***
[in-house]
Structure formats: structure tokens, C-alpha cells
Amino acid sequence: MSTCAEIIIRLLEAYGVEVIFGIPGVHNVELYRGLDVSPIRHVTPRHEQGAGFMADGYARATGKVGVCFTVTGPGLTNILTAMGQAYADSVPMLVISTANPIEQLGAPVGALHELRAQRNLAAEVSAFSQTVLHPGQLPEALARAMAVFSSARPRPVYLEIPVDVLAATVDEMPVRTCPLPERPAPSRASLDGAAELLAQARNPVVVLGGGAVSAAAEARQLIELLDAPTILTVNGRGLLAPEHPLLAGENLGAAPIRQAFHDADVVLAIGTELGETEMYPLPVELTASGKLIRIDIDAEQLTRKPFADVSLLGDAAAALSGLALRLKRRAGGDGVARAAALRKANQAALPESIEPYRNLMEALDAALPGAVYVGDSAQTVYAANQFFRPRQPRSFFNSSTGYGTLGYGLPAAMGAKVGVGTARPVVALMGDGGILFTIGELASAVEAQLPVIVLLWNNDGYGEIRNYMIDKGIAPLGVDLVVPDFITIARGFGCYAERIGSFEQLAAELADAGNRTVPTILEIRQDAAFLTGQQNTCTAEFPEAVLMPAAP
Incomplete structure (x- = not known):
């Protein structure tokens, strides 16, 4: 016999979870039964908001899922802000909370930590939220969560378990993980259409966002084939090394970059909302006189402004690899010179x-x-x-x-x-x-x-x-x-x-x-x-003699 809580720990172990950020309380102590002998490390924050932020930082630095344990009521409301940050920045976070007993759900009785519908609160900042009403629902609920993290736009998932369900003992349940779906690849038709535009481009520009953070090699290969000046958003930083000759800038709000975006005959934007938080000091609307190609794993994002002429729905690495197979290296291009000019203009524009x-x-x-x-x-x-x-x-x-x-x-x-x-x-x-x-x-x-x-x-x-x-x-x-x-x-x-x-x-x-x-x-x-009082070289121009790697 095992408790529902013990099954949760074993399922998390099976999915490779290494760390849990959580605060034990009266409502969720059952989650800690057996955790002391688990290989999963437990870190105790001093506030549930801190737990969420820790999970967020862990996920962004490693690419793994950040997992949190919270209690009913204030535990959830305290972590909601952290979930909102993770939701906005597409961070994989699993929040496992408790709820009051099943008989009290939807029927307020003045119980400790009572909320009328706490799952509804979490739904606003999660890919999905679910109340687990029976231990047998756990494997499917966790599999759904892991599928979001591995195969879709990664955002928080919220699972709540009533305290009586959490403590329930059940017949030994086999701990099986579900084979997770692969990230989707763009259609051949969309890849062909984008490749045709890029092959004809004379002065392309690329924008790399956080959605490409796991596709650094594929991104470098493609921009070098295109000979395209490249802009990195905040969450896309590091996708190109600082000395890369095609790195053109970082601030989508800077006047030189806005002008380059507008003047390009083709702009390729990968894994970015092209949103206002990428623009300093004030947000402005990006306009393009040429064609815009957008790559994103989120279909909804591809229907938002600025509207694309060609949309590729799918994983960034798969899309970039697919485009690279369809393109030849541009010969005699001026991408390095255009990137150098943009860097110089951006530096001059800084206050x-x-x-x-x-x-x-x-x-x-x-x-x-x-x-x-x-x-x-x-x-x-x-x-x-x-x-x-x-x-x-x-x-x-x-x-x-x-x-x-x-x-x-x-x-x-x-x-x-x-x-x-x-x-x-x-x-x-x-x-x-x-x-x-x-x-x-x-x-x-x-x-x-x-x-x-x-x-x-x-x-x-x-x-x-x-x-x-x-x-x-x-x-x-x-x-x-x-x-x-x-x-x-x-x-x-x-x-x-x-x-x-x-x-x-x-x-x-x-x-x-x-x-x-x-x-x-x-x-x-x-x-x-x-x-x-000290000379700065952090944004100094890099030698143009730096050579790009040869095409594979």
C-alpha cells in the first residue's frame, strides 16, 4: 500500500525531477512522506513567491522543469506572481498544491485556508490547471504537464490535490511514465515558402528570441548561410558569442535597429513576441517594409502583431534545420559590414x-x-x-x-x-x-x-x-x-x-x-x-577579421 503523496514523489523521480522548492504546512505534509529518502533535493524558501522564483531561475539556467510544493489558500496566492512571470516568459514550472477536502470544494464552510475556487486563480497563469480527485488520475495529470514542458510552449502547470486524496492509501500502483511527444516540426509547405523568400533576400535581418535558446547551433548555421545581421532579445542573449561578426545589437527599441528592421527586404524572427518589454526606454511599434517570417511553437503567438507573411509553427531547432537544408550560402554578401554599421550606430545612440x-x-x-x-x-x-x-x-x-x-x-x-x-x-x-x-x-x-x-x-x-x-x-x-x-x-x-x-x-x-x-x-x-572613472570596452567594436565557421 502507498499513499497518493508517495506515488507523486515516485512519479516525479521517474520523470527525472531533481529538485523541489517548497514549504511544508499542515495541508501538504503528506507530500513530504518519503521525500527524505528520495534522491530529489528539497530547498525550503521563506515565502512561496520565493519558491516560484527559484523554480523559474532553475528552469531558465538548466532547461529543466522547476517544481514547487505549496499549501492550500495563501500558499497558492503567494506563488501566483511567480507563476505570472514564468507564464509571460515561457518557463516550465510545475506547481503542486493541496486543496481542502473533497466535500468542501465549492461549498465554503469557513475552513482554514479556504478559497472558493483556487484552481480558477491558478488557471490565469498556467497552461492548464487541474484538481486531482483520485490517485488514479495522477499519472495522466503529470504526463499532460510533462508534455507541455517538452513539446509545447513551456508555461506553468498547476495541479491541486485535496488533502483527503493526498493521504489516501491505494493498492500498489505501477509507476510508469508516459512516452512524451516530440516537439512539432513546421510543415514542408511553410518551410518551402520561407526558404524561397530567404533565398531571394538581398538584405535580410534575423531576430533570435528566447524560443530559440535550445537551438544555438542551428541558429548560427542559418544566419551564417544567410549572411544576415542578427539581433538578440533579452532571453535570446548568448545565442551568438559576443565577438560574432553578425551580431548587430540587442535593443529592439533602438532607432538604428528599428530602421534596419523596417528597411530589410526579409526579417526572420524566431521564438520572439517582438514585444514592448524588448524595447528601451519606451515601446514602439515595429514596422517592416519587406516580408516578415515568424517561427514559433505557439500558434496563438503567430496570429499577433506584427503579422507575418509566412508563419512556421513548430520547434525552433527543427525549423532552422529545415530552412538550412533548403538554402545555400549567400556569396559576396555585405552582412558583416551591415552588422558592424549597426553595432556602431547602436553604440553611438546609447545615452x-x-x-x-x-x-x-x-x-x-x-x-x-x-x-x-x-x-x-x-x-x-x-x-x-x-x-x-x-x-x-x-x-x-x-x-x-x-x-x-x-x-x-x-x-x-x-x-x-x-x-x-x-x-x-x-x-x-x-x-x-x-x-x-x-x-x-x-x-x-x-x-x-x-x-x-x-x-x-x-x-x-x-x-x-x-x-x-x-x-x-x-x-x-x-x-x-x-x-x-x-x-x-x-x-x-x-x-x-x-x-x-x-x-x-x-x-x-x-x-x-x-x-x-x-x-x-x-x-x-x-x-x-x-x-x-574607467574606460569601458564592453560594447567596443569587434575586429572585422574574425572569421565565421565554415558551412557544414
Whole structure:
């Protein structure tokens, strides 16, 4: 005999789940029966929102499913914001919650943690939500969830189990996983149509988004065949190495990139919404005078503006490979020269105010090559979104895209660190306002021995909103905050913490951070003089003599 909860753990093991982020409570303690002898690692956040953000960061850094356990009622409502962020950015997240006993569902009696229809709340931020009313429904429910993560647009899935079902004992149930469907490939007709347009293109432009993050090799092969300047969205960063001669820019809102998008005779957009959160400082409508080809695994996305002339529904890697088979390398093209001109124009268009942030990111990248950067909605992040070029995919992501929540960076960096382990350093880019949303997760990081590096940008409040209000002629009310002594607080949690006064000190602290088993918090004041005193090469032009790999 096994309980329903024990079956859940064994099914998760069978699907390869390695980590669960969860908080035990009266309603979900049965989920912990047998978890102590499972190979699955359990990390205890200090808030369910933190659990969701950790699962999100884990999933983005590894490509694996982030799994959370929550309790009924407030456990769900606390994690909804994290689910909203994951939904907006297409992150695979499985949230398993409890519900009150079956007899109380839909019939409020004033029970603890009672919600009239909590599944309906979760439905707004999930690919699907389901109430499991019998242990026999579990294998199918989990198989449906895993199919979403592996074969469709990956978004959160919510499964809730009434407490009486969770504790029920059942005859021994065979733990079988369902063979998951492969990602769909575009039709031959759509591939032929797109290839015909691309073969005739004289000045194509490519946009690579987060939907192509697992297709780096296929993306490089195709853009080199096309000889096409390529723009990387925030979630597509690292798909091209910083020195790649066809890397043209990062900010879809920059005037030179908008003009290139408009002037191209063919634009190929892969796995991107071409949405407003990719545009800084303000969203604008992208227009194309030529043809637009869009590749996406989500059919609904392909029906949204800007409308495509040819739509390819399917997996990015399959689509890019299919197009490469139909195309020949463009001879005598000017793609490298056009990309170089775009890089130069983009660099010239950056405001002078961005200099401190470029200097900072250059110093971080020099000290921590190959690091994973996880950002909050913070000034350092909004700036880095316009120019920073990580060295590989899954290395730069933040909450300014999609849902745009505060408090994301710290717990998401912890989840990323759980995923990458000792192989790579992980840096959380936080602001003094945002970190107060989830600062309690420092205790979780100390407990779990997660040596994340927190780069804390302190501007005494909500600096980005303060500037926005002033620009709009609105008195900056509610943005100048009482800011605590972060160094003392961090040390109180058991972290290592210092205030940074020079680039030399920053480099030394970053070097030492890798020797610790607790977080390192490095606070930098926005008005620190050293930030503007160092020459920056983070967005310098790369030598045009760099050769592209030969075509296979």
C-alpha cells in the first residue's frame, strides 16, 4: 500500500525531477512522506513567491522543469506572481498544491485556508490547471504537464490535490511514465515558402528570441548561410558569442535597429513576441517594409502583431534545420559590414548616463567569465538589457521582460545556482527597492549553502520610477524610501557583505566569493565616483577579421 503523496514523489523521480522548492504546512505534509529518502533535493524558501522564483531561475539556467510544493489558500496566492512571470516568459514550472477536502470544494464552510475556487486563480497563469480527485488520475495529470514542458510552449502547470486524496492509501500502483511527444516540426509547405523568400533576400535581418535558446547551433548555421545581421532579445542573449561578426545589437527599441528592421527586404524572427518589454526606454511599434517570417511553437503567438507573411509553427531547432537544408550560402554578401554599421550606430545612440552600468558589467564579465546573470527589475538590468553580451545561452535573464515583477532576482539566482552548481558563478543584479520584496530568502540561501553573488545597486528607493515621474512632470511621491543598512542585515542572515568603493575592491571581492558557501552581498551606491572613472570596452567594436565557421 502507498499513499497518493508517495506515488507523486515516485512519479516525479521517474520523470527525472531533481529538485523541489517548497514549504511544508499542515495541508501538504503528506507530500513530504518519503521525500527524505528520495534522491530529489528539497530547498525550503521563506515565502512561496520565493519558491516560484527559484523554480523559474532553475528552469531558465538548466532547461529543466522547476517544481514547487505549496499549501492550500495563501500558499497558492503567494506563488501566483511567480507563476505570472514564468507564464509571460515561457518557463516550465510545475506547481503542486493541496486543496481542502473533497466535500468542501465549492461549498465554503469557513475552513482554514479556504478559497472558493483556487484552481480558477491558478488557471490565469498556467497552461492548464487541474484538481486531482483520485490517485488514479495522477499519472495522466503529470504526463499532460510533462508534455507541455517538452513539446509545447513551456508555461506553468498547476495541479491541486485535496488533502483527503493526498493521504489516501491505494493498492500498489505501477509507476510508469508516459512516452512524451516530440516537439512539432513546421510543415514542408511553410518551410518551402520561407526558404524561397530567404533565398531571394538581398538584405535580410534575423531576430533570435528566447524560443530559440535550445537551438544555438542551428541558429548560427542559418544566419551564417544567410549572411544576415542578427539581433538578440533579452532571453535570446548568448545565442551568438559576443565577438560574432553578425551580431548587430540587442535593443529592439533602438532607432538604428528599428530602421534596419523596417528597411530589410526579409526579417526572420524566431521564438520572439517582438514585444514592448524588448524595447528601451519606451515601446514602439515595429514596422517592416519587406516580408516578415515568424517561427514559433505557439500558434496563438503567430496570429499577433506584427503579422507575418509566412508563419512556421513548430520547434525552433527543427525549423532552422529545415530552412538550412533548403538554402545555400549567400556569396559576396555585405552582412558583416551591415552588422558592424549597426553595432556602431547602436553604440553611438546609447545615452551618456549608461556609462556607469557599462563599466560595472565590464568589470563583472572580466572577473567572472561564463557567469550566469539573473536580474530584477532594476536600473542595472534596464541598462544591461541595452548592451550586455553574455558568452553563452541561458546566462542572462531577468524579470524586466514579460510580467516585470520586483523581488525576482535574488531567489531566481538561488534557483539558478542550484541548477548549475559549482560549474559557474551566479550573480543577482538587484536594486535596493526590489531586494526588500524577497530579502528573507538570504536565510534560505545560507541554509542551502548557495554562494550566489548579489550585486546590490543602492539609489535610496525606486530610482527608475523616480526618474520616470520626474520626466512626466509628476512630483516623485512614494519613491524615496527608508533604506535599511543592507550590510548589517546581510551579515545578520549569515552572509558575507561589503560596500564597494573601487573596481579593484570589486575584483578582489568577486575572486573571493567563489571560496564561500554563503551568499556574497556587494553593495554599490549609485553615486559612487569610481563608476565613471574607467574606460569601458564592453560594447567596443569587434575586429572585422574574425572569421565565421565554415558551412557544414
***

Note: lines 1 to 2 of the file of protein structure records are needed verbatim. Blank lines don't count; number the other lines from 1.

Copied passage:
[in-house]
Structure formats: structure tokens, C-alpha cells